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Special Feature
June 2010

Image of the Month—Quiz Case

Author Affiliations

Author Affiliations: Loyola University Medical Center, Maywood, Illinois.




Copyright 2010 American Medical Association. All Rights Reserved. Applicable FARS/DFARS Restrictions Apply to Government Use.2010

Arch Surg. 2010;145(6):595. doi:10.1001/archsurg.2010.93-a

A 47-year-old obese woman presented to the emergency department with an exacerbation of chronic, ill-defined, right lower quadrant and pelvic pain that radiated to the back and worsened with movement and defecation. She was afebrile, and physical examination was notable for mild tenderness to deep palpation in the lower quadrants. Rectal examination did not reveal any obvious abnormalities but she had a skin dimple just inferior to the coccyx. Computed tomography demonstrated a cystic fluid collection in the left ischiorectal fossa with a smaller cystic component extending superiomedially behind the rectum and inferior to the coccyx (Figure 1). Initially, the patient was treated via percutaneous drainage and intravenous antibiotics. Cultures of the aspirated fluid did not grow any organisms but her pain persisted, and colorectal surgery consultation was obtained. Further assessment included anoscopy and proctoscopy, which revealed no evidence of an internal opening, proctitis, or other intraluminal abnormality. Magnetic resonance imaging visualized the same lesion that persisted after percutaneous drainage. This study also confirmed that the mass did not connect with the spinal cord or sacrum. The patient was then scheduled for elective surgery, and the gross specimen is shown in Figure 2.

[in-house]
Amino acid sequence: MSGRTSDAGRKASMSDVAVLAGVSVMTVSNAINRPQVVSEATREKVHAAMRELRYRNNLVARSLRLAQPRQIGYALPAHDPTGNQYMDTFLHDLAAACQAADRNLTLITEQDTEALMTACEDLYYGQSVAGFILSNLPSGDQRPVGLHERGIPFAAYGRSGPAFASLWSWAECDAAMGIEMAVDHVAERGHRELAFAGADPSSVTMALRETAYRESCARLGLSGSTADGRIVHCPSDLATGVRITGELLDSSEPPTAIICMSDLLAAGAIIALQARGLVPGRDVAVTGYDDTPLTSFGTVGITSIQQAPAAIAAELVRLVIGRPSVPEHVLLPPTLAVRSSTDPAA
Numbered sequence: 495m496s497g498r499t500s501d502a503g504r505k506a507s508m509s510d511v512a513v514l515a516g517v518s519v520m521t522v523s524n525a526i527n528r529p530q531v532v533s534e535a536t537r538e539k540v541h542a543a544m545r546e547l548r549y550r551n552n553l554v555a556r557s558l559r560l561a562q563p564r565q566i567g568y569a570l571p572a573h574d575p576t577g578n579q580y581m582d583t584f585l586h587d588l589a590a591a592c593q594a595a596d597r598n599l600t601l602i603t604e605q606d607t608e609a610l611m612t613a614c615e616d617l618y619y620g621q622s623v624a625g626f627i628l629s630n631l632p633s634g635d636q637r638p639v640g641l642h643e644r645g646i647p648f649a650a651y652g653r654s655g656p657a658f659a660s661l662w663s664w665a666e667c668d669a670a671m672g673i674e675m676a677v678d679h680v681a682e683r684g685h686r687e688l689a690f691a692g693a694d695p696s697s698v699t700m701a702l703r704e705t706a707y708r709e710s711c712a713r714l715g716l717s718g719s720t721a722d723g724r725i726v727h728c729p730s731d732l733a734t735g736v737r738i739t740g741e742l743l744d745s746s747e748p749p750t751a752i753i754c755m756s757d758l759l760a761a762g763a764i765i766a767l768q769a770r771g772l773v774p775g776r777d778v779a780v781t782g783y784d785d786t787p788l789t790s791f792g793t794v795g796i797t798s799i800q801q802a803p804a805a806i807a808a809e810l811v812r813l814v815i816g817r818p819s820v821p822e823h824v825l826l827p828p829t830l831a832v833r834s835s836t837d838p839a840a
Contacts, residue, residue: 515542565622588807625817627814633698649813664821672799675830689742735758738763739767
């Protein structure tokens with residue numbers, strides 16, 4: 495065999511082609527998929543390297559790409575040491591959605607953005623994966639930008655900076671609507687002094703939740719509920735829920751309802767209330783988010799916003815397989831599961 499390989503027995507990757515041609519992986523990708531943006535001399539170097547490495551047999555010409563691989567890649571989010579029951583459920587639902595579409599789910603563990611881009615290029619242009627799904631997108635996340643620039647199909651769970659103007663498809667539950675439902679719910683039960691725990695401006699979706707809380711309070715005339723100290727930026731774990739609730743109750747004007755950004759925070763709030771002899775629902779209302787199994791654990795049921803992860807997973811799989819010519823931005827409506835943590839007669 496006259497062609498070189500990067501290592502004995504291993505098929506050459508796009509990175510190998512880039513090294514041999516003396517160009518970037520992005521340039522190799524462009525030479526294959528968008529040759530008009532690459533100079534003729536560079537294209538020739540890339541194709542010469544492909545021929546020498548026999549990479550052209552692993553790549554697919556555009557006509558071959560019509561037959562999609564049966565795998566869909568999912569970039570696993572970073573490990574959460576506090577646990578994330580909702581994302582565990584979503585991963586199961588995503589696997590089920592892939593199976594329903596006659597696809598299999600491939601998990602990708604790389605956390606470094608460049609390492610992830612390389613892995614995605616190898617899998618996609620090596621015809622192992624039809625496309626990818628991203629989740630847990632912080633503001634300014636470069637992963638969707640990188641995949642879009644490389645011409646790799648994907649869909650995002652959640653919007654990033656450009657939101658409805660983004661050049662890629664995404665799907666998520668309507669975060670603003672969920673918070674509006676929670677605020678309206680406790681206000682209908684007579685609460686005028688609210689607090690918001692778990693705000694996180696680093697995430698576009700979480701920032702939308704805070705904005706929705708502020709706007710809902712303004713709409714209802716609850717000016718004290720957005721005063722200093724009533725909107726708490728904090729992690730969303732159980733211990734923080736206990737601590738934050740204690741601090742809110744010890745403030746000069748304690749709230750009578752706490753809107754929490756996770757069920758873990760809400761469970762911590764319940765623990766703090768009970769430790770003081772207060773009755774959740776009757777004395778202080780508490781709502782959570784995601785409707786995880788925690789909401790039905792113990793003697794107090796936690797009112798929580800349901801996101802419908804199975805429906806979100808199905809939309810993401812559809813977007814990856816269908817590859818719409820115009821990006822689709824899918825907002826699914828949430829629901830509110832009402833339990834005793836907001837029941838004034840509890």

Image not available

Figure 1. Cystic collection in left ischiorectal fossa with smaller component behind rectum and inferior to coccyx.

Image not available

Figure 2. En bloc excision of dominant cystic component, attached satellite cyst, and overlying skin dimple.

What Is the Diagnosis?

A. Chronic ischiorectal abscess.

B. Pilonidal cyst.

C. Presacral neoplasm.

D. Chordoma.